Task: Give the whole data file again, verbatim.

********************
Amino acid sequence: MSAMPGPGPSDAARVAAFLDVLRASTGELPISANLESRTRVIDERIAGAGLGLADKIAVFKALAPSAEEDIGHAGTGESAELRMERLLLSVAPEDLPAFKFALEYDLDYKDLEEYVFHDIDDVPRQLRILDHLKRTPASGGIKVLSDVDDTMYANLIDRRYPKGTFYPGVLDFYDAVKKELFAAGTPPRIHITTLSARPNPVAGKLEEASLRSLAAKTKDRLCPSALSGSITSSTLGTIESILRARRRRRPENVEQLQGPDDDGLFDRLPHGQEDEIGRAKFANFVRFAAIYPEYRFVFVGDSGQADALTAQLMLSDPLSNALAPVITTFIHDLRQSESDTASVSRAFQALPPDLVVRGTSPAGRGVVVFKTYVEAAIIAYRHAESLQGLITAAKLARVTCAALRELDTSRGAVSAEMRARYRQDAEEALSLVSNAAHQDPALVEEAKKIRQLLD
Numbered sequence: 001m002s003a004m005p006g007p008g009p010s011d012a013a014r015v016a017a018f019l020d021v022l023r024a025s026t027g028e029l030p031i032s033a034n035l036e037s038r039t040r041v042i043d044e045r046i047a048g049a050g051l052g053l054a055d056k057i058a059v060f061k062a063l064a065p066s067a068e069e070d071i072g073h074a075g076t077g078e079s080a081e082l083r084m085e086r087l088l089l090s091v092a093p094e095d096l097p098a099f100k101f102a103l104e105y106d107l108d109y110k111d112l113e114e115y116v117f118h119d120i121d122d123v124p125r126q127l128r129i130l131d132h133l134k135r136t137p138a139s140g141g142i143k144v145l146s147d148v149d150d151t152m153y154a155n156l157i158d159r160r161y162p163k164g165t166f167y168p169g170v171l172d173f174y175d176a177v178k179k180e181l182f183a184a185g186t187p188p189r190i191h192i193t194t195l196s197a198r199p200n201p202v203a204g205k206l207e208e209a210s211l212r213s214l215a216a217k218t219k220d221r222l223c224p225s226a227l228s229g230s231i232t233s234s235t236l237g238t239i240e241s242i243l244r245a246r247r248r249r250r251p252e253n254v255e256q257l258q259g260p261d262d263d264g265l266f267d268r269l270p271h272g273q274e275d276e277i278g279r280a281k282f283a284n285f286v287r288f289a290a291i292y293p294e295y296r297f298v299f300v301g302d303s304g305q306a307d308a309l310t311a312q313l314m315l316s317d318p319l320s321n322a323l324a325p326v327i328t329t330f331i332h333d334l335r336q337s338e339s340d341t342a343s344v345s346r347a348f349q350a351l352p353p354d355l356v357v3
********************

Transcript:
Amino acid sequence: MSAMPGPGPSDAARVAAFLDVLRASTGELPISANLESRTRVIDERIAGAGLGLADKIAVFKALAPSAEEDIGHAGTGESAELRMERLLLSVAPEDLPAFKFALEYDLDYKDLEEYVFHDIDDVPRQLRILDHLKRTPASGGIKVLSDVDDTMYANLIDRRYPKGTFYPGVLDFYDAVKKELFAAGTPPRIHITTLSARPNPVAGKLEEASLRSLAAKTKDRLCPSALSGSITSSTLGTIESILRARRRRRPENVEQLQGPDDDGLFDRLPHGQEDEIGRAKFANFVRFAAIYPEYRFVFVGDSGQADALTAQLMLSDPLSNALAPVITTFIHDLRQSESDTASVSRAFQALPPDLVVRGTSPAGRGVVVFKTYVEAAIIAYRHAESLQGLITAAKLARVTCAALRELDTSRGAVSAEMRARYRQDAEEALSLVSNAAHQDPALVEEAKKIRQLLD
Numbered sequence: 001m002s003a004m005p006g007p008g009p010s011d012a013a014r015v016a017a018f019l020d021v022l023r024a025s026t027g028e029l030p031i032s033a034n035l036e037s038r039t040r041v042i043d044e045r046i047a048g049a050g051l052g053l054a055d056k057i058a059v060f061k062a063l064a065p066s067a068e069e070d071i072g073h074a075g076t077g078e079s080a081e082l083r084m085e086r087l088l089l090s091v092a093p094e095d096l097p098a099f100k101f102a103l104e105y106d107l108d109y110k111d112l113e114e115y116v117f118h119d120i121d122d123v124p125r126q127l128r129i130l131d132h133l134k135r136t137p138a139s140g141g142i143k144v145l146s147d148v149d150d151t152m153y154a155n156l157i158d159r160r161y162p163k164g165t166f167y168p169g170v171l172d173f174y175d176a177v178k179k180e181l182f183a184a185g186t187p188p189r190i191h192i193t194t195l196s197a198r199p200n201p202v203a204g205k206l207e208e209a210s211l212r213s214l215a216a217k218t219k220d221r222l223c224p225s226a227l228s229g230s231i232t233s234s235t236l237g238t239i240e241s242i243l244r245a246r247r248r249r250r251p252e253n254v255e256q257l258q259g260p261d262d263d264g265l266f267d268r269l270p271h272g273q274e275d276e277i278g279r280a281k282f283a284n285f286v287r288f289a290a291i292y293p294e295y296r297f298v299f300v301g302d303s304g305q306a307d308a309l310t311a312q313l314m315l316s317d318p319l320s321n322a323l324a325p326v327i328t329t330f331i332h333d334l335r336q337s338e339s340d341t342a343s344v345s346r347a348f349q350a351l352p353p354d355l356v357v3